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Saturday, August 24, 2019  Spokane, Washington  Est. May 19, 1883
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American Life in Poetry: ‘Happiness’

By Ted Kooser U.S. poet laureate, 2004-06

Is it worse to live in a city where you can’t see a big storm coming until it’s right on top of you, or to be out on the plains where you can see it coming for almost too long? I like this long look at an approaching and then passing storm by Max Garland, who lives in Wisconsin. It’s from his fine book, “The Word We Used For It,” from the University of Wisconsin Press.


The storm was headed in our direction—

big loom of gray like the absolute West

leaned over us. Reports of damage

in the neighboring counties—a silo unfurled

and took wing, a house trailer

twisted loose. On the Doppler screen

the storm looked alive, yellow and green

at the fringes, with a fierce red heart

trending to violet. Sirens swept over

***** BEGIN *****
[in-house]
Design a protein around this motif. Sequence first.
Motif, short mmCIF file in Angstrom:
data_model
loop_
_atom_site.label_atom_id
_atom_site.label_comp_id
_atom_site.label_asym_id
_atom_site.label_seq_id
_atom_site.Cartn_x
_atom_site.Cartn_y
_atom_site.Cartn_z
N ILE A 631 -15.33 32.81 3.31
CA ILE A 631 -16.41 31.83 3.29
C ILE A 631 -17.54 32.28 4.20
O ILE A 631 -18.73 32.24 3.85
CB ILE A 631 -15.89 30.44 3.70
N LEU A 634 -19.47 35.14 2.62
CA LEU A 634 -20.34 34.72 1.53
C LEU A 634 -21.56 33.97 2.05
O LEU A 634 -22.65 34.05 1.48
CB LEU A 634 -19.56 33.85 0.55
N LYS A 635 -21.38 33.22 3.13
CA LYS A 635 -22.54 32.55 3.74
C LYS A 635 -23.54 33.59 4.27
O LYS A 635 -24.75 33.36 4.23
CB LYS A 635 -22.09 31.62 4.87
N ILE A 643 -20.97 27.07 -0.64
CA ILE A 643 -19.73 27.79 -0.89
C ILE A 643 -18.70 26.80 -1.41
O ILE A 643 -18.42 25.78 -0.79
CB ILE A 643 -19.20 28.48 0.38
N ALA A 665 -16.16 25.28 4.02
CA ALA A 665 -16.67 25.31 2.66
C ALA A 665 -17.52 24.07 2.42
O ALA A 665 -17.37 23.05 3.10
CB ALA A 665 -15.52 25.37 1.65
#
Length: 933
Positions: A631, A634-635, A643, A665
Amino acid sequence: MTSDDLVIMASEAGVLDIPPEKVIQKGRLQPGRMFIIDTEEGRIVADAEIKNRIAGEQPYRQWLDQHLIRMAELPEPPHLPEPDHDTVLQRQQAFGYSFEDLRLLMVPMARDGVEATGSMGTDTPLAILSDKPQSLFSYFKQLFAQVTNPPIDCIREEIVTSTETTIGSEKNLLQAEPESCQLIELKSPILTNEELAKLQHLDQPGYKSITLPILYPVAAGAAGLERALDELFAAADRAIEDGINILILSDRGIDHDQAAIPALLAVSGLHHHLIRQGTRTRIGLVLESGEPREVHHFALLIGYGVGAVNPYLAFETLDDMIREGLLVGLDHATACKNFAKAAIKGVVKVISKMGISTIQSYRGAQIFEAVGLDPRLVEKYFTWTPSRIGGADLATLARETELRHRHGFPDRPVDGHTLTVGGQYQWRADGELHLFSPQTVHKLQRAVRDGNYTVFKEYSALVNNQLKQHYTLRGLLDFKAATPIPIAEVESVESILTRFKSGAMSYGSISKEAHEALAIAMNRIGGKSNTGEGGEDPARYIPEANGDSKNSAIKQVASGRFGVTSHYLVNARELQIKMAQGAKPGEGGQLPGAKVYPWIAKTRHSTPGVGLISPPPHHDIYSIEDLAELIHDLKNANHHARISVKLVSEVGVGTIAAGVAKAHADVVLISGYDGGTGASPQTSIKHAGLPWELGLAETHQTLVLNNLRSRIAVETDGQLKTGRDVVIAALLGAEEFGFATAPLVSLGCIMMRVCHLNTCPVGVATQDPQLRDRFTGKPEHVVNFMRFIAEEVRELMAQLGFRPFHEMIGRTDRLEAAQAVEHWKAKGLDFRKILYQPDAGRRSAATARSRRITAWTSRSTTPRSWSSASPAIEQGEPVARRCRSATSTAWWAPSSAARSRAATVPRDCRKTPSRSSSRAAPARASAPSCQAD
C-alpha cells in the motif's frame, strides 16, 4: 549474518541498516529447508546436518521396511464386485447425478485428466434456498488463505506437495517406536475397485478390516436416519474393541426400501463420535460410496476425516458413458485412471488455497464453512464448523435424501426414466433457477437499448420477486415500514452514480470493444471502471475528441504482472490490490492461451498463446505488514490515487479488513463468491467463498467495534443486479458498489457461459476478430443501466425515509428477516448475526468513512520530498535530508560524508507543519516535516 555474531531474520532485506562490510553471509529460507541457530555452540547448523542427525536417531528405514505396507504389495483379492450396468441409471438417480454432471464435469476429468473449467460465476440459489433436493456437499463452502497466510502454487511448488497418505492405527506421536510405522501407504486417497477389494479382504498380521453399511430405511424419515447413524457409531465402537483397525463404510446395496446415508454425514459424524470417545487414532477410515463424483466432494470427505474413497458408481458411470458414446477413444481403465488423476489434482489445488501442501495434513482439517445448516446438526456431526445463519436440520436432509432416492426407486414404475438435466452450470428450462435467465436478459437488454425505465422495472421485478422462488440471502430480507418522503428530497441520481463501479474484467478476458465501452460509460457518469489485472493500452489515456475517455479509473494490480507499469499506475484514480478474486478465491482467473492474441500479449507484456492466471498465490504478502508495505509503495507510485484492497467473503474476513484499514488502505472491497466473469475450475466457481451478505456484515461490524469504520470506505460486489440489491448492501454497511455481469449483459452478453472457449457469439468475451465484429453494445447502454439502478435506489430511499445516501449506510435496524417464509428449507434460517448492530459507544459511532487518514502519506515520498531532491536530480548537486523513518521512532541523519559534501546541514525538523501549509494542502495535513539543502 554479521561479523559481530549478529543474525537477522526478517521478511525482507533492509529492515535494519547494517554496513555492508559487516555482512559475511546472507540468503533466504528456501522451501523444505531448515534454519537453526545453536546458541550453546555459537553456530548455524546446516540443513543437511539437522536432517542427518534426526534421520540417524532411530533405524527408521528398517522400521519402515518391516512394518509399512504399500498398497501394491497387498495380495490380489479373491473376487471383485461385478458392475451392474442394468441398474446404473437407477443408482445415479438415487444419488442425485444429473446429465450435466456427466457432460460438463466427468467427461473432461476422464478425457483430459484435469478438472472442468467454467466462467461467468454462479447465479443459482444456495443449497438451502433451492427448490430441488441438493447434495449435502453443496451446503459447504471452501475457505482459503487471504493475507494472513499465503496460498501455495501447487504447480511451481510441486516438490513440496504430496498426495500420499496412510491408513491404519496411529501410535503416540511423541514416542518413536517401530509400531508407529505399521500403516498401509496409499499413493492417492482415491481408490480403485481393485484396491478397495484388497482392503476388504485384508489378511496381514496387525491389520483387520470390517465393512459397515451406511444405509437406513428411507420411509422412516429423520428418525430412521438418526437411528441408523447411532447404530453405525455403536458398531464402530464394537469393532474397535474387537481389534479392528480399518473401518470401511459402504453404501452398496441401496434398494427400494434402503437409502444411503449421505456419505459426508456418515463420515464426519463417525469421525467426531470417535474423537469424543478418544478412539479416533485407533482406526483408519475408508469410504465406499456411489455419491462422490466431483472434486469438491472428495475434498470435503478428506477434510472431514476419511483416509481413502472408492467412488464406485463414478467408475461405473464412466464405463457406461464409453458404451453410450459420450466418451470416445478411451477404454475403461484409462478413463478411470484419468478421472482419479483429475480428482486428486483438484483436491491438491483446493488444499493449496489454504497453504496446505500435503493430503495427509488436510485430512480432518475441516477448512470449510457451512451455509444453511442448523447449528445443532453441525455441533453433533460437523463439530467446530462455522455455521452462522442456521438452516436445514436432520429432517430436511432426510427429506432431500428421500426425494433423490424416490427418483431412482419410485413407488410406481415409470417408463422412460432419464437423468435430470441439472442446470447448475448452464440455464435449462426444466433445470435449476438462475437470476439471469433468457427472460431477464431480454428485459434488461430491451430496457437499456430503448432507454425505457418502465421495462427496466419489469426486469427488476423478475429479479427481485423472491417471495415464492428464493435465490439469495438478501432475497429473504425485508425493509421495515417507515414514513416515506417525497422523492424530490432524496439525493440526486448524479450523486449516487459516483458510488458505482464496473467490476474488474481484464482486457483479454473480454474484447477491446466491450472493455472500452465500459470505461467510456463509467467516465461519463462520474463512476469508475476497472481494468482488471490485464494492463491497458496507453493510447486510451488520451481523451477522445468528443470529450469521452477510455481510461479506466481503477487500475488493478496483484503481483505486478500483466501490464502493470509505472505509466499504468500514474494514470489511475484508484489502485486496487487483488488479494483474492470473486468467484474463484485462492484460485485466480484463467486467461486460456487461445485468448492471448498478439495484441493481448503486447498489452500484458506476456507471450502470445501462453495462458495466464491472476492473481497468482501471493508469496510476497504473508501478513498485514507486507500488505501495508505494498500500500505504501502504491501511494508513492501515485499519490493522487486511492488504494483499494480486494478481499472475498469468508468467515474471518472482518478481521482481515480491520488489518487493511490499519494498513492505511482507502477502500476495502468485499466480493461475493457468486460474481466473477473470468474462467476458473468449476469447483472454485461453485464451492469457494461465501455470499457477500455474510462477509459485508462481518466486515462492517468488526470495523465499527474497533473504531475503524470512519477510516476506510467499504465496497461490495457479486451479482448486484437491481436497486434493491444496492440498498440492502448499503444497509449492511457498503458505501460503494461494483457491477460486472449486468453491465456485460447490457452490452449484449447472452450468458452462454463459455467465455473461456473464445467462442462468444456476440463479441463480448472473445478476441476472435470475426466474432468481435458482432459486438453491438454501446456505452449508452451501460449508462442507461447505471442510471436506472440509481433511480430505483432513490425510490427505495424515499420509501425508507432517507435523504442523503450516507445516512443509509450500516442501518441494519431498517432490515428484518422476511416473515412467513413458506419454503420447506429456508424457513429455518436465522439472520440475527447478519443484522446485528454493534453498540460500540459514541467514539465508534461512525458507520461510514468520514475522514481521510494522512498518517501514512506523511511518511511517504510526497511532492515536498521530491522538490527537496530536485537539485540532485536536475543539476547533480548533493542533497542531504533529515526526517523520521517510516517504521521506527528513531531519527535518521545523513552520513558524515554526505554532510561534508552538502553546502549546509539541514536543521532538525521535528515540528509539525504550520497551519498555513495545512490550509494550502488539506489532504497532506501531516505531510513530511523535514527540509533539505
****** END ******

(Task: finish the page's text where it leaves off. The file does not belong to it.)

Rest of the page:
to scare it away, like songbirds

grow strident, circle and bluff

at the sight of an owl.

When the rain came in sheets,

I regretted my sins. When lightning

cracked the red pine’s half-rotted heart,

I wished the world more joy

in general. When the worst was over

and the grass lay flat, but alive,

and the sky was a waning bruise,

I thought of that silo, how it wasn’t mine,

and all that grain cast back into the world’s

wind, maybe some of it still flying.

Poem copyright 2017 by Max Garland, “Happiness,” from “The Word We Used For It,” (University of Wisconsin Press, 2017). Poem reprinted by permission of the author and the publisher. American Life in Poetry is made possible by the Poetry Foundation and the Department of English at the University of Nebraska-Lincoln. We do not accept unsolicited submissions.

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